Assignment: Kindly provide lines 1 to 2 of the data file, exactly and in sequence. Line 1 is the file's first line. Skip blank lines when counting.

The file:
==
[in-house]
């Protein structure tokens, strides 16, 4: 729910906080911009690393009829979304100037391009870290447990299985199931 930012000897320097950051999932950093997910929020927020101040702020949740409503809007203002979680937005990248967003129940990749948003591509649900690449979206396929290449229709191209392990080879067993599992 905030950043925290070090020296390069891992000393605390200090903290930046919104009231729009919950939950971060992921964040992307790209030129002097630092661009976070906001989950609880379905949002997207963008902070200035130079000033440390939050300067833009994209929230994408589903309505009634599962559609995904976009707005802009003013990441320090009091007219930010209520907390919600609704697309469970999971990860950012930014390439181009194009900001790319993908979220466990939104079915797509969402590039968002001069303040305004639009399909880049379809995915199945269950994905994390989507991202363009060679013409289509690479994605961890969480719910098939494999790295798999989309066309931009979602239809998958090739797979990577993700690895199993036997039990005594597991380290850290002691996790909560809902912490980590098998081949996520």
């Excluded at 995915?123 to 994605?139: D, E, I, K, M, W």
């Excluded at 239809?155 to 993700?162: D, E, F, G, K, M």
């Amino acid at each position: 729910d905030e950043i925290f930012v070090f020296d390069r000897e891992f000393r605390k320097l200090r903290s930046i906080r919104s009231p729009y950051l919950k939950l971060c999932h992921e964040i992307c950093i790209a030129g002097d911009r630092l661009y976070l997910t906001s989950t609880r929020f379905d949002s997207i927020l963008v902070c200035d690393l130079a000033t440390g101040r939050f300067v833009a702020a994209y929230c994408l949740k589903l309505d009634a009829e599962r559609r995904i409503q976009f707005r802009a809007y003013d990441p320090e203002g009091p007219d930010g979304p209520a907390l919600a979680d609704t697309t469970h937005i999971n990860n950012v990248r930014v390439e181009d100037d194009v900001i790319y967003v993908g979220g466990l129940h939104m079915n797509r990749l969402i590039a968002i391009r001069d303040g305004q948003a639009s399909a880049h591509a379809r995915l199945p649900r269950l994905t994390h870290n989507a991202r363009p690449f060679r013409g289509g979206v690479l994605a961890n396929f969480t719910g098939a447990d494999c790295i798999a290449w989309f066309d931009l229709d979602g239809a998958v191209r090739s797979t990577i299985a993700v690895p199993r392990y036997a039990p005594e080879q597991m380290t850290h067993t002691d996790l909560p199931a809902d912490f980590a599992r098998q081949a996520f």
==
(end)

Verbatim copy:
[in-house]
């Protein structure tokens, strides 16, 4: 729910906080911009690393009829979304100037391009870290447990299985199931 930012000897320097950051999932950093997910929020927020101040702020949740409503809007203002979680937005990248967003129940990749948003591509649900690449979206396929290449229709191209392990080879067993599992 905030950043925290070090020296390069891992000393605390200090903290930046919104009231729009919950939950971060992921964040992307790209030129002097630092661009976070906001989950609880379905949002997207963008902070200035130079000033440390939050300067833009994209929230994408589903309505009634599962559609995904976009707005802009003013990441320090009091007219930010209520907390919600609704697309469970999971990860950012930014390439181009194009900001790319993908979220466990939104079915797509969402590039968002001069303040305004639009399909880049379809995915199945269950994905994390989507991202363009060679013409289509690479994605961890969480719910098939494999790295798999989309066309931009979602239809998958090739797979990577993700690895199993036997039990005594597991380290850290002691996790909560809902912490980590098998081949996520």